Plate tectonics is a theory that the Earth’s lithosphere (the crust and upper mantle) is divided into a number of large, platelike sections that move as distinct masses. The movement of the plates is believed to result from the presence of large convection cells in the Earth’s mantle which allows the rigid plates to move over the relatively plastic asthenosphere. The geoscientific community accepted plate-tectonic theory after seafloor spreading was validated in the late 1950s and early 1960s.
By definition the word “plate” in geologic terms means a large slab of solid rock. “Tectonics” is a part of the Greek root for “to build” and together the terms define how the Earth’s surface is built up of moving plates. The theory of plate tectonics itself says that the Earth’s lithosphere is made up individual plates that are broken down into over a dozen large and small pieces of solid rock.
Tectonic plates are composed of oceanic lithosphere and thicker continental lithosphere, each topped by its own kind of crust. Along convergent boundaries, subduction, or one plate moving under another, carries the lower one down into the mantle; the material lost is roughly balanced by the formation of new (oceanic) crust along divergent margins by seafloor spreading.
History of Plate Tectonics
The concept of plate tectonics was formulated in the 1960s. According to the theory, Earth has a rigid outer layer, known as the lithosphere, which is typically about 100 km (60 miles) thick and overlies a plastic layer called the asthenosphere. The lithosphere is broken up into about a dozen large plates and several small ones. These plates move relative to each other, typically at rates of 5 to 10 cm (2 to 4 inches) per year, and interact along their boundaries, where they converge, diverge, or slip past one another.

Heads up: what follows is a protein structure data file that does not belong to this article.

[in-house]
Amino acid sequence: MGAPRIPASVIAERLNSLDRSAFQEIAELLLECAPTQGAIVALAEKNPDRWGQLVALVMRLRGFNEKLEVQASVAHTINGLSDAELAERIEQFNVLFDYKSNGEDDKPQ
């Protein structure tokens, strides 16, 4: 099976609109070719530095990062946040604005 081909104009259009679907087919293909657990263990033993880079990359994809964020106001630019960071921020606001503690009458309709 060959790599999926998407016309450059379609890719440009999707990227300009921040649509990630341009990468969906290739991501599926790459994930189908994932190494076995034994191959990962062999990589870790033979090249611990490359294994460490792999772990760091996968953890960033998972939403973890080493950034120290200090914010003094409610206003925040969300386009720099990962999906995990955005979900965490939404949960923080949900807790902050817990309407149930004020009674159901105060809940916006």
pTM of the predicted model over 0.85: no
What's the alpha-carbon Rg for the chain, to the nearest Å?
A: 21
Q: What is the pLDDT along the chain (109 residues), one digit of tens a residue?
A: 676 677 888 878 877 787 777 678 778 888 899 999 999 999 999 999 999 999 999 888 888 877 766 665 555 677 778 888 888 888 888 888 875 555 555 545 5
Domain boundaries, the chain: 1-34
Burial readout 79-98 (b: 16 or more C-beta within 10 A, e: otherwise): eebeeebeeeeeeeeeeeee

Plate tectonics is the unifying theory of geology, said Nicholas van der Elst, a seismologist at Columbia University’s Lamont-Doherty Earth Observatory in Palisades, New York.
“Before plate tectonics, people had to come up with explanations of the geologic features in their region that were unique to that particular region,” Van der Elst said. “Plate tectonics unified all these descriptions and said that you should be able to describe all geologic features as though driven by the relative motion of these tectonic plates.”
There are seven major tectonic plates (North America, South America, Eurasia, Africa, Indo-Australian, Pacific and Antarctica) as well as many smaller, microplates such as the Juan de Fuca plate near the United States’ state of Washington (map of plates).
The key principle of plate tectonics is that the lithosphere exists as separate and distinct tectonic plates, which ride on the fluid-like (visco-elastic solid) asthenosphere. Plate motions range up to a typical 10–40 mm/year (Mid-Atlantic Ridge; about as fast as fingernails grow), to about 160 mm/year (Nazca Plate; about as fast as hair grows).
Subduction zones, or convergent margins, are one of the three types of plate boundaries. The others are divergent and transform margins.
- At a divergent margin, two plates are spreading apart, as at seafloor-spreading ridges or continental rift zones such as the East Africa Rift.
- Transform margins mark slip-sliding plates, such as California’s San Andreas Fault, where the North America and Pacific plates grind past each other with a mostly horizontal motion.
They are associated with different types of surface phenomena.
Plate boundary zones occur where the effects of the interactions are unclear, and the boundaries, usually occurring along a broad belt, are not well defined and may show various types of movements in different episodes.
Convergent boundaries (Destructive) (or active margins) occur where two plates slide toward each other to form either a subduction zone (one plate moving underneath the other) or a continental collision.